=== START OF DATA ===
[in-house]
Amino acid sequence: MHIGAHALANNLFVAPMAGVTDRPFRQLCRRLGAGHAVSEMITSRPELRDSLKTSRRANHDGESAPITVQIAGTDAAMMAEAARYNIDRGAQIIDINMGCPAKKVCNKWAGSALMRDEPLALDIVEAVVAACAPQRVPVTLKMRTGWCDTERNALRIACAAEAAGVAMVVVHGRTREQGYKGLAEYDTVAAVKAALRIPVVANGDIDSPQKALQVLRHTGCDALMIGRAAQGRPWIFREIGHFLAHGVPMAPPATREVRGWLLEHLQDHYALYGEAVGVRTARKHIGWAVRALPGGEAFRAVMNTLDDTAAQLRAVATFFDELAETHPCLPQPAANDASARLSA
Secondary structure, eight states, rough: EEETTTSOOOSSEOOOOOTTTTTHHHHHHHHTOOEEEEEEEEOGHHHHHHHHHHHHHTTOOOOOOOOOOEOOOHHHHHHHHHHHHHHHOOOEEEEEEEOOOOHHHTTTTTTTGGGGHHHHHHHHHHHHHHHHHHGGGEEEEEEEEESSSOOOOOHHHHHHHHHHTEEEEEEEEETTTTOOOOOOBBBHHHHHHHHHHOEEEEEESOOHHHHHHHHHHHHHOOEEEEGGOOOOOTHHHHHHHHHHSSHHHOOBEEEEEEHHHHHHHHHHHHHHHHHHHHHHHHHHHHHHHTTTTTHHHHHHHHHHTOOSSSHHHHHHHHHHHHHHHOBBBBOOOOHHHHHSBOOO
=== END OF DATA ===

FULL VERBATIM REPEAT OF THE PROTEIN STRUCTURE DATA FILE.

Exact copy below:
[in-house]
Amino acid sequence: MHIGAHALANNLFVAPMAGVTDRPFRQLCRRLGAGHAVSEMITSRPELRDSLKTSRRANHDGESAPITVQIAGTDAAMMAEAARYNIDRGAQIIDINMGCPAKKVCNKWAGSALMRDEPLALDIVEAVVAACAPQRVPVTLKMRTGWCDTERNALRIACAAEAAGVAMVVVHGRTREQGYKGLAEYDTVAAVKAALRIPVVANGDIDSPQKALQVLRHTGCDALMIGRAAQGRPWIFREIGHFLAHGVPMAPPATREVRGWLLEHLQDHYALYGEAVGVRTARKHIGWAVRALPGGEAFRAVMNTLDDTAAQLRAVATFFDELAETHPCLPQPAANDASARLSA
Secondary structure, eight states, rough: EEETTTSOOOSSEOOOOOTTTTTHHHHHHHHTOOEEEEEEEEOGHHHHHHHHHHHHHTTOOOOOOOOOOEOOOHHHHHHHHHHHHHHHOOOEEEEEEEOOOOHHHTTTTTTTGGGGHHHHHHHHHHHHHHHHHHGGGEEEEEEEEESSSOOOOOHHHHHHHHHHTEEEEEEEEETTTTOOOOOOBBBHHHHHHHHHHOEEEEEESOOHHHHHHHHHHHHHOOEEEEGGOOOOOTHHHHHHHHHHSSHHHOOBEEEEEEHHHHHHHHHHHHHHHHHHHHHHHHHHHHHHHTTTTTHHHHHHHHHHTOOSSSHHHHHHHHHHHHHHHOBBBBOOOOHHHHHSBOOO